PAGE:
Ms. Biging presented the new FNS Fact Sheet. The goal of FNS is to address nutritional needs and food insecurity among RWPA clients in the EMA by providing nutritionally and culturally appropriate food and nutrition services that meet their dietary needs. FNS services must be client-centered, non-judgmental, guided by harm reduction principles, trauma-informed, culturally- and age-appropriate, sensitive to physical and sensory impairments, and tailored to the population served. There are 11 FNS contracts in NYC. The total spending allocation for FNS programs in grant year (GY) 2020 was $7,639,611. In GY 2020, there were 2371 active clients. The program spent above it allocation every year, even when the allocation was increased substantially by the Council to cover rate increases and enhance programs to respond to COVID.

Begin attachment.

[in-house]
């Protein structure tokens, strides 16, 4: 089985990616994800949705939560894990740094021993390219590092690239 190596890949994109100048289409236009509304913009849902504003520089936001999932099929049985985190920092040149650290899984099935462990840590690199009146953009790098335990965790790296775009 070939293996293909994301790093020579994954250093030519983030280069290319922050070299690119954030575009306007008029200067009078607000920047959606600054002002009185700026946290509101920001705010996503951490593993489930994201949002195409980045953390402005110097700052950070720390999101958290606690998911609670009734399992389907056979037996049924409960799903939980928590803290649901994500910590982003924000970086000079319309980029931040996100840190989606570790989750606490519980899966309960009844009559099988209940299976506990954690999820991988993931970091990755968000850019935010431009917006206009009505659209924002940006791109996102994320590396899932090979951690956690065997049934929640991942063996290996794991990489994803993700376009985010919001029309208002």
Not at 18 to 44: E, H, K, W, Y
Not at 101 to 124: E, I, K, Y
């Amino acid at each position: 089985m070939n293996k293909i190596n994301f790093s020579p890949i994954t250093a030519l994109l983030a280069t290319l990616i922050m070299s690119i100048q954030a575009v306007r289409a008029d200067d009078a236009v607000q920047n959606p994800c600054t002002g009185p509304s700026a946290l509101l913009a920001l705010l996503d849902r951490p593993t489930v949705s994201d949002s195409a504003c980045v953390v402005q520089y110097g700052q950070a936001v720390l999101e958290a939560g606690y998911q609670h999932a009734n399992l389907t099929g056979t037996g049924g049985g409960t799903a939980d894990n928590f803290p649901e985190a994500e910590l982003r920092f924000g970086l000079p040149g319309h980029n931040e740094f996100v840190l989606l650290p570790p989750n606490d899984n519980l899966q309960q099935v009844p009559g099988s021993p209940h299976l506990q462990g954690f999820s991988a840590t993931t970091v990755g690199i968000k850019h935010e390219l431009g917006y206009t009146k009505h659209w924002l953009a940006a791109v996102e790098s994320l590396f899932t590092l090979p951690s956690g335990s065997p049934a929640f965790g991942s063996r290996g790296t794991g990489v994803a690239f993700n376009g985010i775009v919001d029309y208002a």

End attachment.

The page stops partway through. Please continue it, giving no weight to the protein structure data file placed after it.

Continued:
Client demographics were described by borough or residence, risk factor, age, gender and priority population. The Bronx, Brooklyn and Manhattan have the most clients, a large majority (72%) were over 50 years old, half were Black and over a third Latinx, and almost equal numbers of clients were MSM or heterosexual.
A breakdown of clients and service units by service type was given. The largest service provided by far was home-delivered meals (279K delivered in GY2020), followed by congregate meals and pantry bags.